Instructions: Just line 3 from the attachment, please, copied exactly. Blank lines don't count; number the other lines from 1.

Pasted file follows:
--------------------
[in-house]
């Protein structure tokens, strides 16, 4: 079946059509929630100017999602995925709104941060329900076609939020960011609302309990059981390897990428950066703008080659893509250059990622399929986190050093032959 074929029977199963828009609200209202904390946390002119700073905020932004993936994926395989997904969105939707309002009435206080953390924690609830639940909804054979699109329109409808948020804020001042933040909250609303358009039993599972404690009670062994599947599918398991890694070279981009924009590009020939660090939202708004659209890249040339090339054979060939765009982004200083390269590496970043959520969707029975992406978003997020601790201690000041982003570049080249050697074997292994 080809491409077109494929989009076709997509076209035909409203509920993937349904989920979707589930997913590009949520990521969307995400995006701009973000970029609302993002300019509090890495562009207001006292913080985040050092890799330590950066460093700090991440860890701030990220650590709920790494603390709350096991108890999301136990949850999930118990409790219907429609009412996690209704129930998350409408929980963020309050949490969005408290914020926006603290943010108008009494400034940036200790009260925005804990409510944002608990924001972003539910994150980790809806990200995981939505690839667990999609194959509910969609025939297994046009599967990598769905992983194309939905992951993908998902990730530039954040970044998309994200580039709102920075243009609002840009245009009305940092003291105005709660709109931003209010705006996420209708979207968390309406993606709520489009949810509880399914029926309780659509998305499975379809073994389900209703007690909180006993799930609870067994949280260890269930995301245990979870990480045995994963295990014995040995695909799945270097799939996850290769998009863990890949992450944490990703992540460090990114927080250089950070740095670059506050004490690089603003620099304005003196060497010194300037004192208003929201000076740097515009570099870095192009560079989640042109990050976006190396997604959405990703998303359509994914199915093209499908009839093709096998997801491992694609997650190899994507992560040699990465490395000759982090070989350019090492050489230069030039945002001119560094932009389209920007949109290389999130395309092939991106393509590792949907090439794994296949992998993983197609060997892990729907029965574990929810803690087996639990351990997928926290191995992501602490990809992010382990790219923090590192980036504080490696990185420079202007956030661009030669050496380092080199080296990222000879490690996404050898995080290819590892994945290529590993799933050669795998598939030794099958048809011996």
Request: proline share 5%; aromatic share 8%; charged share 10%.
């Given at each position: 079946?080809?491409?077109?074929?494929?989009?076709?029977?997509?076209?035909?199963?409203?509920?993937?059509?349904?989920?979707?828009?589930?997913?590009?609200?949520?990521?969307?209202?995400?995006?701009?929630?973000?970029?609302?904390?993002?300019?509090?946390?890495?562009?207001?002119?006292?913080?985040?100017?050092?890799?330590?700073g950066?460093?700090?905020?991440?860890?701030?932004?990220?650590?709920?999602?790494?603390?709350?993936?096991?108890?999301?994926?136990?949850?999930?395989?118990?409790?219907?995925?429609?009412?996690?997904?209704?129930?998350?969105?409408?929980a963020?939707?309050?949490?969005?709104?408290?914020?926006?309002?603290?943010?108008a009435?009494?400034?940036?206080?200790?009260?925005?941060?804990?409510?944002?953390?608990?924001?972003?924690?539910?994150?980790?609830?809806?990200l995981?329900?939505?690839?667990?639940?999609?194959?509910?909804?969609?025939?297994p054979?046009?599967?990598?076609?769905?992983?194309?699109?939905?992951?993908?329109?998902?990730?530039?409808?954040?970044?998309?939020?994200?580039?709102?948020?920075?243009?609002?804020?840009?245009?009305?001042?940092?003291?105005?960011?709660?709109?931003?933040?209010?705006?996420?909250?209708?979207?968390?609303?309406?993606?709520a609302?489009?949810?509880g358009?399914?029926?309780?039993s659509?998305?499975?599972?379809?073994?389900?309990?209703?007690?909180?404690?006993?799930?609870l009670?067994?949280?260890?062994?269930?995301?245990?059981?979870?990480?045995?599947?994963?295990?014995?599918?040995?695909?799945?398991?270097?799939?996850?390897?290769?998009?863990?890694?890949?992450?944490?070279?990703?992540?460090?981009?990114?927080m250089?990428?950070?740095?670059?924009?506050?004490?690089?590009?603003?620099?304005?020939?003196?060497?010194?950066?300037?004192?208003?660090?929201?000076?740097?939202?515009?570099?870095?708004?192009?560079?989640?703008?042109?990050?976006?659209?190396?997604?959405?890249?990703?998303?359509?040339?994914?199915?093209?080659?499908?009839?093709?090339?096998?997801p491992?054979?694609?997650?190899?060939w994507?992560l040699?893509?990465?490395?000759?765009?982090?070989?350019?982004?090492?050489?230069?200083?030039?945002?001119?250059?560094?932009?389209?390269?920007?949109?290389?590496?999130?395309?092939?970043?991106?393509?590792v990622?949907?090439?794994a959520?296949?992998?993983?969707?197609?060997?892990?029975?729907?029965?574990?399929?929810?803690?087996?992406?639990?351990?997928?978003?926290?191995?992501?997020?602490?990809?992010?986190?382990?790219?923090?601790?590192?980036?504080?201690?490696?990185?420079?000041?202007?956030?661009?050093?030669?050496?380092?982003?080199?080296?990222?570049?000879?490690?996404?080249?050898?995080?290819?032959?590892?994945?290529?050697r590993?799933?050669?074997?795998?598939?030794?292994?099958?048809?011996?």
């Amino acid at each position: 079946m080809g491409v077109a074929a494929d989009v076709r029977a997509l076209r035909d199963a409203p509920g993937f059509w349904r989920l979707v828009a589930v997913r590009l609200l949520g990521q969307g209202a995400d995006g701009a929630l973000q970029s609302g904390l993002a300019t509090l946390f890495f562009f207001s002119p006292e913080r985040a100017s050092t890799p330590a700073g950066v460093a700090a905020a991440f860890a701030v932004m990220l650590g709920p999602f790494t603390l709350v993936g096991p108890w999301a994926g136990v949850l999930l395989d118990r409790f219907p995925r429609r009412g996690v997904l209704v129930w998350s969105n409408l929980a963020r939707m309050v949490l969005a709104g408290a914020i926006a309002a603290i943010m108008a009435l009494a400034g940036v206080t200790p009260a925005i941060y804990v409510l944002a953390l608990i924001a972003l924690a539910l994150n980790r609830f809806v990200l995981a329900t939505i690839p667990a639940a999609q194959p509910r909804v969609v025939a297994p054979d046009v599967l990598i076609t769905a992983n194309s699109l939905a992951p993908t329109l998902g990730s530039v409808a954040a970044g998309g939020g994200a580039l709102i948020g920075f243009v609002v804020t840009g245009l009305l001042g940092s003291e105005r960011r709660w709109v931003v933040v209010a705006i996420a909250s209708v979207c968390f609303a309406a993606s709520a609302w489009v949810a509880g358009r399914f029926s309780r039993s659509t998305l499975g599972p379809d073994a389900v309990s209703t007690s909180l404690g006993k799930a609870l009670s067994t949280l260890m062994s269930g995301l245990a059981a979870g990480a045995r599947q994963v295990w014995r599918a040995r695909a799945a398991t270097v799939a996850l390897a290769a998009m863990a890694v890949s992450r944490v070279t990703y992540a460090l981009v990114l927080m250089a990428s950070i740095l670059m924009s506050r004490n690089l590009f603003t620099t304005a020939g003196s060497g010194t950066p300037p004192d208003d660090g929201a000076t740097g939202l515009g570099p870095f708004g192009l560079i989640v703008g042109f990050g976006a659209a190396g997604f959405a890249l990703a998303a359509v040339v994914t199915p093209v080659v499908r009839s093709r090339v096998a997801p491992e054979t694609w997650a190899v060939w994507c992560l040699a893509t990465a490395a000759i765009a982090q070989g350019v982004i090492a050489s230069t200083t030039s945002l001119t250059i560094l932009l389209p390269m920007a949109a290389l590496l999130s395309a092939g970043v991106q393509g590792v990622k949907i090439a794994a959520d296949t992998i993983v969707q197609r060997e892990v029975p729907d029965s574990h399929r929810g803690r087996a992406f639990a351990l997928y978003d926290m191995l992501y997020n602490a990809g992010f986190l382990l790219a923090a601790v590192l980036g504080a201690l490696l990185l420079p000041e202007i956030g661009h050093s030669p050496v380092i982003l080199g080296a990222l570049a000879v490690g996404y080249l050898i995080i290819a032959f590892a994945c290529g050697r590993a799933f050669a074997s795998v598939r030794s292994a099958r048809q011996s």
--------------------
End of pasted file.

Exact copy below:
Request: proline share 5%; aromatic share 8%; charged share 10%.